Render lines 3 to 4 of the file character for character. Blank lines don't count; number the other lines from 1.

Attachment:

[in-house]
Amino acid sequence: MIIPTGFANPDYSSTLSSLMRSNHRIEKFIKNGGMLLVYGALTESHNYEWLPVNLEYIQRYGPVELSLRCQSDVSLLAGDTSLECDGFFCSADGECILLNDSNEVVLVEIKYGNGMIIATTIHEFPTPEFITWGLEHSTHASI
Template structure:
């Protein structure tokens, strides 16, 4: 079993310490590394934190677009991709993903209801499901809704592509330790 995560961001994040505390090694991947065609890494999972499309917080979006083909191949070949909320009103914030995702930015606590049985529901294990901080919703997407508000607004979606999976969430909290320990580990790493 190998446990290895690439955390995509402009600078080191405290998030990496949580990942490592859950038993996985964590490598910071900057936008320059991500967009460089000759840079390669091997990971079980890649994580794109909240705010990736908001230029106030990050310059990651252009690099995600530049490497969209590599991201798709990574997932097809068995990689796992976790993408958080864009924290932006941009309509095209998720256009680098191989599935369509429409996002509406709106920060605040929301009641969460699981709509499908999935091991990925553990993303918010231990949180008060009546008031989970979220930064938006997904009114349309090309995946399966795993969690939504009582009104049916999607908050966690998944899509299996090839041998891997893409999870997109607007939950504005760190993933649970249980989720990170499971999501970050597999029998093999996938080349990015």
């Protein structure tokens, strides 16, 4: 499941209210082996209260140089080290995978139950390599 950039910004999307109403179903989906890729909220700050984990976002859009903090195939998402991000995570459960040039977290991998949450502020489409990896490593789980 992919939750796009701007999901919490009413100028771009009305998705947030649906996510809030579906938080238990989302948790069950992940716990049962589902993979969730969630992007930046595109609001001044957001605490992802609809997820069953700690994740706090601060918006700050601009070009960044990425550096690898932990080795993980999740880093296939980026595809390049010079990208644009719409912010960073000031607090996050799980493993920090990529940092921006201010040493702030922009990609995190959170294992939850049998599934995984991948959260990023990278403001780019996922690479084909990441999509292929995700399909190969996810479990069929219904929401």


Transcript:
Template structure:
């Protein structure tokens, strides 16, 4: 079993310490590394934190677009991709993903209801499901809704592509330790 995560961001994040505390090694991947065609890494999972499309917080979006083909191949070949909320009103914030995702930015606590049985529901294990901080919703997407508000607004979606999976969430909290320990580990790493 190998446990290895690439955390995509402009600078080191405290998030990496949580990942490592859950038993996985964590490598910071900057936008320059991500967009460089000759840079390669091997990971079980890649994580794109909240705010990736908001230029106030990050310059990651252009690099995600530049490497969209590599991201798709990574997932097809068995990689796992976790993408958080864009924290932006941009309509095209998720256009680098191989599935369509429409996002509406709106920060605040929301009641969460699981709509499908999935091991990925553990993303918010231990949180008060009546008031989970979220930064938006997904009114349309090309995946399966795993969690939504009582009104049916999607908050966690998944899509299996090839041998891997893409999870997109607007939950504005760190993933649970249980989720990170499971999501970050597999029998093999996938080349990015």